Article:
Ab's Reviews > Daughters of the North

Daughters of the North by Sarah Hall
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Jul 11, 10

bookshelves: post-apocalyptic-futuristic, feminist, utopias-dystopias, re-reading, queer-lit
Read from March 15 to 16, 2010

If I could, I'd give this book 3.5 stars because I'm somewhere in between "liked it" and "really liked it."

An interesting take on the 'new' society post-forcibly-changed old society. I think my favorite part of the book was the first part that has Sister traveling from Rith (government controlled city with a 'big brother' feeling) to Carhullen (women-only society set up in the country, living off the land, and 'unlisted' according to government census counts). The philosophical discussion is also really interesting -- the whole question of sexuality, need, women's reliance on man, the government mandated control of women's bodies, gender roles and abilities, etc. I also would've liked to read more about this society when Jackie and Veronique were both around running it.

In a weird way, Jackie reminded me of Kurtz, from Heart of Darkness. It's like she's succumbed to some accepted madness that has everyone in her company adopting the madness while also being in awe of her, while others are like "what a sec, that's crazy!" She's seen and had to do some hard things, which I think make her into a completely different person. She has way more glimmers of humanity than Kurtz, though -- he's off the deep end without hope of being reeled in.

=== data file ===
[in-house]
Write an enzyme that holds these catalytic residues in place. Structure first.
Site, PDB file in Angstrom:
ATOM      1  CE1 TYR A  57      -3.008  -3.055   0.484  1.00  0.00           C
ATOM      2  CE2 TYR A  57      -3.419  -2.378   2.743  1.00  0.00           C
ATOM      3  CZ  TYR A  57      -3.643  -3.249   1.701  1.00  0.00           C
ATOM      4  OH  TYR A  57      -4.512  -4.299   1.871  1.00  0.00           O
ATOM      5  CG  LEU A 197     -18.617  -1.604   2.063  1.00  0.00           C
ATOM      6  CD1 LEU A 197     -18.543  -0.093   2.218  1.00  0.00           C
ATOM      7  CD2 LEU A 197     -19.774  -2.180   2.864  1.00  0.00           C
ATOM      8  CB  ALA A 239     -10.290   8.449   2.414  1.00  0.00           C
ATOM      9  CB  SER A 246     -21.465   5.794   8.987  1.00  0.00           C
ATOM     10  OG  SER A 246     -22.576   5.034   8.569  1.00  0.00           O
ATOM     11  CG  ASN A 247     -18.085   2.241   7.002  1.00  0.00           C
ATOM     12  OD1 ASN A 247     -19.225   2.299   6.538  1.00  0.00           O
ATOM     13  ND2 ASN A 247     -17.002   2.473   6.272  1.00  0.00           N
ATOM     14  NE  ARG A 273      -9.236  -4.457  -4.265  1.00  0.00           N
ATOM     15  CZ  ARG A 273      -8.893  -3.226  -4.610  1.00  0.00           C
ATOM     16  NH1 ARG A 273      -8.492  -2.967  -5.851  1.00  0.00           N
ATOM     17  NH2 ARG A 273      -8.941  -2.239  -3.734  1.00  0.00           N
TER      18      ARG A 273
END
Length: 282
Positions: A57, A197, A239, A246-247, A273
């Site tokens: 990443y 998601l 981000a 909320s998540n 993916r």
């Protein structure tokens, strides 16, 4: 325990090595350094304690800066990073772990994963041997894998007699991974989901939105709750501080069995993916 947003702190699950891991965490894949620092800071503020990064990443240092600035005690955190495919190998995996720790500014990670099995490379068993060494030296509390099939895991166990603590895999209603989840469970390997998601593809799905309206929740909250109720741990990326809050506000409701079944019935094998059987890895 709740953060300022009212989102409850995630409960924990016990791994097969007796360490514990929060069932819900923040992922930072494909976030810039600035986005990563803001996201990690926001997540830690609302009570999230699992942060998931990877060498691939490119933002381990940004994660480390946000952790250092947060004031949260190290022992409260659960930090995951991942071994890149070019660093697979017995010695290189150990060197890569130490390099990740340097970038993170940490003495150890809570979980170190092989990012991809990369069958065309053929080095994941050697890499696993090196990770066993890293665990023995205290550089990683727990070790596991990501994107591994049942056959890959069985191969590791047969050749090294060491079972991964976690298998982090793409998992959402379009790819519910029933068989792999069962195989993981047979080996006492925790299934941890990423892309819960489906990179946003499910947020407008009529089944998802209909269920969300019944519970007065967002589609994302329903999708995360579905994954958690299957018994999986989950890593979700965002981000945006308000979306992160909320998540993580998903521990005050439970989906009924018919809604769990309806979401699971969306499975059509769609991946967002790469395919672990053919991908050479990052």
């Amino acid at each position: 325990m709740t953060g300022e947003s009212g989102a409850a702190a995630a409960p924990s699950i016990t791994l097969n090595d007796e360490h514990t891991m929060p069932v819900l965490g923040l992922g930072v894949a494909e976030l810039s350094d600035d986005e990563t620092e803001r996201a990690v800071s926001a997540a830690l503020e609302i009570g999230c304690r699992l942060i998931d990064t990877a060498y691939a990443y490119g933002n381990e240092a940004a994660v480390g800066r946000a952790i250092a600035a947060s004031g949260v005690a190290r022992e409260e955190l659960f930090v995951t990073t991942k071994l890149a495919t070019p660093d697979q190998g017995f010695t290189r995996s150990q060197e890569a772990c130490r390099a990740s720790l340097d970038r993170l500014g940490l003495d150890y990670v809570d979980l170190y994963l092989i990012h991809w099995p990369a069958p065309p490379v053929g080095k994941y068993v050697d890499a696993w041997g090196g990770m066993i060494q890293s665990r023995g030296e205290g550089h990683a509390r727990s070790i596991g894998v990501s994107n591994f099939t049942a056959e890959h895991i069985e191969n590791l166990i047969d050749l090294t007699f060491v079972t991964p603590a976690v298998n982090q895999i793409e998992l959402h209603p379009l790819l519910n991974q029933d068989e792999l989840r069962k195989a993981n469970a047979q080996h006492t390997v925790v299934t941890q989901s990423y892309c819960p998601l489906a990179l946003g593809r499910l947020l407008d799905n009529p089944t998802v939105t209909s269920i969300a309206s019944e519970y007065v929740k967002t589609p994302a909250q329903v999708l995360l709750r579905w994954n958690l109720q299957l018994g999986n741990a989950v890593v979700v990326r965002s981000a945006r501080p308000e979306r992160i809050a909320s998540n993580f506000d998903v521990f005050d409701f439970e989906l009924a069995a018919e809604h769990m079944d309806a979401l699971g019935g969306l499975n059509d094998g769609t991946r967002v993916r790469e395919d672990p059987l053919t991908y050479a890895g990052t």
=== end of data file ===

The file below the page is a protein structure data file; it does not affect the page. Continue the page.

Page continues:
Here's a quote from the book that I liked: "But he must have known at heart that I was not depressed. He must have known it was more than a simple chemical response to the ongoing situation. Mine was a different kind of sickness. I didn't feel listless or oppressed. I didn't want drugs or numbness to mask my consciousness. I knew that everything around me was wrong. I could see it. I could sense it. And I had not yet found a voice with which to make my arguments. It still lay somewhere inside me, unexpressed, growing angrier."

Then, in a Q&A with the author at the back, Sarah Hall says: "The examination [of society:] is more about power systems, how people exist within them, how some people are rendered vulnerable or discriminated against, and how these systems can be broken. It's a book that celebrates female fortitude -- that's its focus. I'm certainly not attempting to damn men."
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Sarah this looks awesome!


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